Traditionally, mild cognitive impairment (MCI) has tended to be primarily characterised and diagnosed in relation to the integrity of amnestic function and thus studied accordingly. However, a more recent multidisciplinary and collaborative research approach has investigated a much wider range of cognitive, functional, structural, and behavioural integrity and is revealing an extensive and often complex range of characteristics in addition to memory dysfunction that differentiate MCI from healthy ageing. These may be of especial relevance when considering MCI as a potential prodromal stage of dementia.

Several papers in this special issue report novel and important findings with respect to the search for predictors of development of dementia in patients with MCI.

The paper by E. L. Abner et al. describes a new approach in the assessment of risk factors for dementia, including age, gender, education, apolipoprotein E status, family history of dementing illness, and baseline hypertension. Their results highlight the importance of objective criteria in MCI diagnosis.

I. Reinvang et al. report on how studies of genetic high-risk groups, using sensitive cognitive neuroscience paradigms, indicate the potential for differences in executive function to be a cognitive marker useful for tracking development of the pathophysiological changes of Alzheimer’s disease (AD).

The paper by D. V. Moretti et al. reveals specific electroencephalographic (EEG) changes associated with atrophy of the hippocampus in people with MCI and AD, namely, that the increase of alpha3/alpha2 power ratio is correlated with atrophy of the hippocampus both in MCI and in AD patients, suggesting a possible diagnostic role of EEG markers.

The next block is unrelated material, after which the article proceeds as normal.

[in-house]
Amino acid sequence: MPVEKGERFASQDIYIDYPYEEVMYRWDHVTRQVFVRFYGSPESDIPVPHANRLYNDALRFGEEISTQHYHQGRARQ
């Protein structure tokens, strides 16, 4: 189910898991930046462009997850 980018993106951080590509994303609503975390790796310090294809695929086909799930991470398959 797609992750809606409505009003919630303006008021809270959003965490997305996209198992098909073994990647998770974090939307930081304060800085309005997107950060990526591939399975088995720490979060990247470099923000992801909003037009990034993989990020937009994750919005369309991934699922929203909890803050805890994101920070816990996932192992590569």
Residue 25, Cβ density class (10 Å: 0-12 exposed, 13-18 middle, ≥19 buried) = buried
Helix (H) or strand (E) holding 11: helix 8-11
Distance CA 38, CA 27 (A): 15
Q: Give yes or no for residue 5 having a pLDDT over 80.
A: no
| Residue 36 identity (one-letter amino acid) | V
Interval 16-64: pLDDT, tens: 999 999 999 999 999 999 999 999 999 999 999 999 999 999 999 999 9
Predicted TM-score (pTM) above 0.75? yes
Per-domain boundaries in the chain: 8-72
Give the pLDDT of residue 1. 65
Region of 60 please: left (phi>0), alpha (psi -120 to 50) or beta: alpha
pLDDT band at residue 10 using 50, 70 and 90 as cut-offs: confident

In a comprehensive review, B. Ferencz et al. provide an overview of brain changes in early AD and MCI, together with evidence for recent advances in neuroimaging and genetic biomarkers and the importance of altered mitochondrial dynamics in the preclinical stages of AD.

D. P. Devanand et al. discuss the outcome of their detailed and novel study that uses clinical and magnetic resonance imaging (MRI) variables to compare predictor models for the transition to AD in patients with MCI.

Research priority has until relatively recently been directed to the amnestic type of mild cognitive impairment (aMCI). However, the paper by A. Poggesi et al. provides an important overview of the concept of vascular MCI and how it may signal the prodromal stages of vascular dementia or the presence of small vessel disease.

It is of course important to raise awareness of MCI within the public at large and also to determine the factors likely to encourage individuals to report a change in their memory to their general practitioner. C. Pires et al. highlight the importance of the type of memory complaint in determining whether an individual seeks medical attention and describe how forgetting the name of family members or friends is a particularly strong impetus for such contact.

Increasingly, studies are addressing the potential of MCI to adversely affect a wide range of factors that impinge upon an individual’s quality of life. In the paper by G. Arsenault-Lapierre et al., the importance of stress in the lives of those with MCI and dementia is described, together with the finding that patients with MCI or dementia can display anosognosia, which can preclude patients from accurately appraising their own level of stress.

Together these papers contribute to our further understanding of the concept of MCI and of its potential progression to dementia. All highlight the need to think beyond merely memory dysfunction in MCI and to continue to expand our knowledge in this important field of scientific and clinical research.

Andrea Tales
Antony Bayer
Štefan Krajčík
Kurt A. Jellinger